Three weeks ago, at a restaurant in Houston, the solution to a major health care problem may have germinated. Around a table were gathered Michael Fisch, MD, chair of the Department of General Oncology at the University of Texas MD Anderson Cancer Center, and four undergraduates who are enrolled in ENGL 386 at Rice University. The goal? To figure out how to use digital innovation and technology to encourage adult cancer patients to enroll in clinical trials.
Much about this equation may seem unlikely: Department chair + Undergrads + English course = Improved cancer research? But indeed, that is the hope.
Welcome to the newest edition of Chart Review. The online academic medicine community was very active in February, generating posts on mobile technology, patient connections, physician well-being, and more. Happy reading from Wing of Zock!
Smartphones can serve as treatment and information aides for patients and physicians, but their presence in hospitals can be noisy and distracting. To combat this, Albert Einstein Medical School has instituted a smartphone policy in the departments of medicine and pediatrics during inpatient attending rounds. A blog post from The Doctor’s Tablet highlights how to institute policies and guidelines to promote professionalism in smartphone use while maximizing the benefits for patient care.
Historically, we’ve often thought of the doctor-patient encounter as something of a silo. Patients come in with symptoms, and the doctor addresses them, perhaps ordering tests or referring the patients down the line of colleagues.
That model inexorably changed with the Internet. Today, patients come to their appointments educated on symptoms, treatments, and even us. They are frequently prepared with research and granular questions. They are engaged with the process, and often hopeful and prepared to work with their healthcare team as a result.
Listen to author Casey Quinlan’s interview with Dr. Aniruddha Malpani on patient engagement.
Patient engagement and patient advocacy are hot topics in the American health care system, due to health care reform and enabled by ready access to digital health information now available to anyone with a smartphone. The role of patient advocate can fall to anyone from a friend or family member to a primary care practitioner, with shifting “qualifications” for that role depending on inclination, education, or dedication to the task.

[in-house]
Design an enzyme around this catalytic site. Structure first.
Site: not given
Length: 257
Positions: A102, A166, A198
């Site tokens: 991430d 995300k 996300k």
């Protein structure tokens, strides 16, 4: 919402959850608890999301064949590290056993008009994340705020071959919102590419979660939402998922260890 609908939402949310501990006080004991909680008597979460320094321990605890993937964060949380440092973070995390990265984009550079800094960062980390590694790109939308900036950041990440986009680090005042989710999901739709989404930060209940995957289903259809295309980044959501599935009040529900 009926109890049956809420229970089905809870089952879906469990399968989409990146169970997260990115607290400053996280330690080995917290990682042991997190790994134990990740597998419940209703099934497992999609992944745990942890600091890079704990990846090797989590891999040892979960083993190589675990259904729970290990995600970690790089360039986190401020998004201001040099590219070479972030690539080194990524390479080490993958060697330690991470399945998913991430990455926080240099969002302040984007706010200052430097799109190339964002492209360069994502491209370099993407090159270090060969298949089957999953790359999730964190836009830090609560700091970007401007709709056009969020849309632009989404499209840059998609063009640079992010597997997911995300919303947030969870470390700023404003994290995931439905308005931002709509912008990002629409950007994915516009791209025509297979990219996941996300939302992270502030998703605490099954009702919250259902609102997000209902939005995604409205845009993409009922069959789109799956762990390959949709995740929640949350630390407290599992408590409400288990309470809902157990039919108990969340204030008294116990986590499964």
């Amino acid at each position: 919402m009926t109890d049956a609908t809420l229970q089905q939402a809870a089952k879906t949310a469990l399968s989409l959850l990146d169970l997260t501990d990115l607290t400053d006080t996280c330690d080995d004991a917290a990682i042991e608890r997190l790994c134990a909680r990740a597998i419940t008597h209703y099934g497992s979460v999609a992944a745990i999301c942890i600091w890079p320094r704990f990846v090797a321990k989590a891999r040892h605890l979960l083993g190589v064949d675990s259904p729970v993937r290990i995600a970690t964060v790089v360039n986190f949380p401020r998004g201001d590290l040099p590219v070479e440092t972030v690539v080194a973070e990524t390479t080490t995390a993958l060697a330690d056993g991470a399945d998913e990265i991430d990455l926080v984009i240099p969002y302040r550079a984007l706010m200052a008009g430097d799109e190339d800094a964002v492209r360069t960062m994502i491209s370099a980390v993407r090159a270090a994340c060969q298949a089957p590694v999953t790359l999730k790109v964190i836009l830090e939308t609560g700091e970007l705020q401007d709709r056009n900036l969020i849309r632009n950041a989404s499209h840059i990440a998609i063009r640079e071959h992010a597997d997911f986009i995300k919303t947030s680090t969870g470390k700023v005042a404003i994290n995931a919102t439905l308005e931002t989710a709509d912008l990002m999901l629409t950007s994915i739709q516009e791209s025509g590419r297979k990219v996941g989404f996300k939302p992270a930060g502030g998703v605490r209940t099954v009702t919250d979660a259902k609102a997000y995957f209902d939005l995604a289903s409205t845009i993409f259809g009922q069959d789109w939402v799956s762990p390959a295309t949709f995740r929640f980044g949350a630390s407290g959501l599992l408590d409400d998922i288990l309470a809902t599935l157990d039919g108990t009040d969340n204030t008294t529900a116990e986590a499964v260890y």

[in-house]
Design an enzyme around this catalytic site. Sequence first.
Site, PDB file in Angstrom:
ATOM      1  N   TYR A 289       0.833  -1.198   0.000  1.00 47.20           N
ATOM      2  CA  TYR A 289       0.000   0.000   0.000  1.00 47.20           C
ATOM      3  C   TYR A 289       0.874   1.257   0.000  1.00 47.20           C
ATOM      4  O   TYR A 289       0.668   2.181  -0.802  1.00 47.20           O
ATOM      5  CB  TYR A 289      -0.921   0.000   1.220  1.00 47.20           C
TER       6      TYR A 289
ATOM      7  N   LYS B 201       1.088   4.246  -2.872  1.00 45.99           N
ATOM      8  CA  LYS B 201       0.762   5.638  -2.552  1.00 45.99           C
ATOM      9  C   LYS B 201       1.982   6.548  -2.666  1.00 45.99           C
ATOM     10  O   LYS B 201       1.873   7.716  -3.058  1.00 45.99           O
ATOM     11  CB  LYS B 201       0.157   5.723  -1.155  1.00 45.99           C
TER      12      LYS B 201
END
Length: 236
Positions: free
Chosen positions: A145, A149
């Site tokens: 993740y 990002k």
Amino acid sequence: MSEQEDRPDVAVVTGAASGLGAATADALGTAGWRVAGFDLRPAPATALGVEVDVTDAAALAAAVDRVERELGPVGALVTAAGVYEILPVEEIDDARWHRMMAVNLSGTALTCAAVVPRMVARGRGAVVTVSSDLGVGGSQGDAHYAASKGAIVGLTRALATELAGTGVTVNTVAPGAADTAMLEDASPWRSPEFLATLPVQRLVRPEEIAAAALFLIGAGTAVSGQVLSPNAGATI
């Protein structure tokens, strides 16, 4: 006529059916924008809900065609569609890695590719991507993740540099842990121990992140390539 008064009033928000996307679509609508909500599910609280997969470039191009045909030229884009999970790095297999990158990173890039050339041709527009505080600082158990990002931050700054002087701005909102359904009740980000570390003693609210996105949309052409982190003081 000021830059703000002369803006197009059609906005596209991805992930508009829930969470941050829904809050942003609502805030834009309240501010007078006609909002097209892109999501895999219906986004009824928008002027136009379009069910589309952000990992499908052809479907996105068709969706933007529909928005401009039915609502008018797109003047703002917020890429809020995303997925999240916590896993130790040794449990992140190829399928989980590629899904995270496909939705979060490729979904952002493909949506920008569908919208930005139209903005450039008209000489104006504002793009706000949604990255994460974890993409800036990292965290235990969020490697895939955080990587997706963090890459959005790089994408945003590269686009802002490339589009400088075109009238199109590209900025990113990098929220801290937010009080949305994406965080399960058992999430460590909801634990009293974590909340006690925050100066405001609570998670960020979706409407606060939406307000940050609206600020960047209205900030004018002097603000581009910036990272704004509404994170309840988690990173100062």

But how do you find an effective patient advocate? How would you know if your doctor might be your best advocate, or if you should ask someone else to take up that mantle? Who teaches patient advocacy, anyway?
Two Pennsylvania physicians share their experiences decoupling from Medicare. They've lost 12% of their patient population, but say they're providing more personalized care and the effects on their revenue and financial viability have been positive.
The American Hospital Association wants CMS to adjust measures in pay-for-performance programs to reflect factors such as race and income, even though doing so "would be a complex undertaking" for everyone involved.
A federally backed drive to create a value-based healthcare delivery system in partnership with providers and payers is under way nationwide. Three years ago, an unprecedented financial crisis prompted Arkansas "to bet the farm" on a similar value-based healthcare model.
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Views expressed in Wing of Zock reflect the views of the authors, not the AAMC.